Telangana: India parliament uproar over new state

Protests against Telangana state in India Image copyright AP
Image caption Lawmakers in Andhra Pradesh have rejected the creation of a new state

Proceedings in both houses of India's parliament were disrupted by angry exchanges over a controversial bill to approve the new state of Telangana.

The lower house was adjourned soon after it began a 12-day session, the last before elections due by May.

The ruling Congress party said it was confident the bill to create the new state in the south would be passed.

The government wants to put forward almost 40 bills during the session, including six to tackle corruption.

Prime Minister Manmohan Singh appealed to the opposition to cooperate in paving the way for the formation of Telangana.

"I sincerely hope that after a long debate spreading over many years, the house will in its wisdom be able to transact the business and pass the bill," he said.

The proposal is likely to be fiercely debated after lawmakers in the Congress party which governs Andhra Pradesh opposed splitting the state last month.

The move was seen as an embarrassment for the federal government. A final decision rests with the national parliament.

Andhra Pradesh Chief Minister Kiran Reddy travelled to Delhi to stage a protest and met President Pranab Mukherjee to urge him to abandon the plans.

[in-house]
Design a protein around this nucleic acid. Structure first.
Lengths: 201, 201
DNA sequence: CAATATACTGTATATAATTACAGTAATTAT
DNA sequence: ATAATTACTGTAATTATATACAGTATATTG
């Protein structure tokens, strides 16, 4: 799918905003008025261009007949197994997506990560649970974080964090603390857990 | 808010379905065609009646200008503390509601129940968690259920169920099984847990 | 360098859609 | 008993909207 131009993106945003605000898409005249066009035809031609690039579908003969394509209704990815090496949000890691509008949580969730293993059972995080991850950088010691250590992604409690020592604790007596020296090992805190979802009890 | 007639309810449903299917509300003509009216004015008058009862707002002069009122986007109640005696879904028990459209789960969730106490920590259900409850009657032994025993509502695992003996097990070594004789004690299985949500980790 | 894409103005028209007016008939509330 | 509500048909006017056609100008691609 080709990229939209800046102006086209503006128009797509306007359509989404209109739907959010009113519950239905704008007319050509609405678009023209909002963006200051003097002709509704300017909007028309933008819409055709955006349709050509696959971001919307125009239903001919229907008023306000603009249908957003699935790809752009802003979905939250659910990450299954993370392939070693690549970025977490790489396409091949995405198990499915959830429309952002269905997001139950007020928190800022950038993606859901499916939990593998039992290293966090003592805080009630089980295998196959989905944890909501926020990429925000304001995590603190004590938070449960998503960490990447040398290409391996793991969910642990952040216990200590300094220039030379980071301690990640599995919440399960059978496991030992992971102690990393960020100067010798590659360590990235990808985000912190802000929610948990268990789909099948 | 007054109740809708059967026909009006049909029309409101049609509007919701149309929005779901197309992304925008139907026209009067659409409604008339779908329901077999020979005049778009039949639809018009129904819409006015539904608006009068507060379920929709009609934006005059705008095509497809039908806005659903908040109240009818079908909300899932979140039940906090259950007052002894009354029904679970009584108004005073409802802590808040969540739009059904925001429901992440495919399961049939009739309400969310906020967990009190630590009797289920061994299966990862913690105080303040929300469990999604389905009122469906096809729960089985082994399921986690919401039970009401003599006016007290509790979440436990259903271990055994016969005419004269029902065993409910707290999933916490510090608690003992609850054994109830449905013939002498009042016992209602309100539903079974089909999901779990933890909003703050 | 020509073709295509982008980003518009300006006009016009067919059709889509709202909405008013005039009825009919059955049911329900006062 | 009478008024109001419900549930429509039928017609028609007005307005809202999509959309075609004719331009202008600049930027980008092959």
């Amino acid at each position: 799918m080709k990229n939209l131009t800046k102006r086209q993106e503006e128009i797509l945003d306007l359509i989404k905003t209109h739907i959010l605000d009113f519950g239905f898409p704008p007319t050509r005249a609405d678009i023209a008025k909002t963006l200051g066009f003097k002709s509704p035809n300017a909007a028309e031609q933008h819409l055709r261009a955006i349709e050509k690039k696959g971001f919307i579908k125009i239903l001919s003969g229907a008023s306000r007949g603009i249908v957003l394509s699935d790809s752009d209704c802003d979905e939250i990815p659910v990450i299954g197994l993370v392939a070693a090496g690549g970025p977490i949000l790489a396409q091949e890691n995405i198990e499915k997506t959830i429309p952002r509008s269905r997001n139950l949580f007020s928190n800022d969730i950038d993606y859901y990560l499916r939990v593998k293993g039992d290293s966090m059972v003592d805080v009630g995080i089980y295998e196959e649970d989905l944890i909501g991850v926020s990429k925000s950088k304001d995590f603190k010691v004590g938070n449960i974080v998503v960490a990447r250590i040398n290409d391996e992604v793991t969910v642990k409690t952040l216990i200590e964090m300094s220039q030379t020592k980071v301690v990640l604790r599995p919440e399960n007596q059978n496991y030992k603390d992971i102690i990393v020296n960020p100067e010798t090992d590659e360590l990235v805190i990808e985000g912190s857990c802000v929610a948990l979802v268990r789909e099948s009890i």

Supporters and opponents of the new state also held separate demonstrations outside parliament.

Telangana, with a population of 35 million, would comprise 10 of Andhra Pradesh's 23 districts, including the city of Hyderabad.

Backers of the new state say the area has been neglected by the government.

Those against the idea are unhappy that Hyderabad, home to many major information technology and pharmaceutical companies, would become a shared state capital.

'Rise above politics'

Separately, the government has appealed to opposition groups to refrain from interrupting the parliamentary session and allow what it calls "crucial" bills to become law.

Reports say the current lower house of parliament has been the least productive in history, having passed the fewest bills.

The ruling Congress party has blamed the main opposition Bharatiya Janata Party (BJP) for disrupting proceedings and causing delays.

The BJP has denied the allegation, saying Congress should not "give sermons to opposition on disruptions in the parliament".

Parliamentary Affairs Minister Kamal Nath said the political parties should "rise above politics and pass six bills which deal with corruption".

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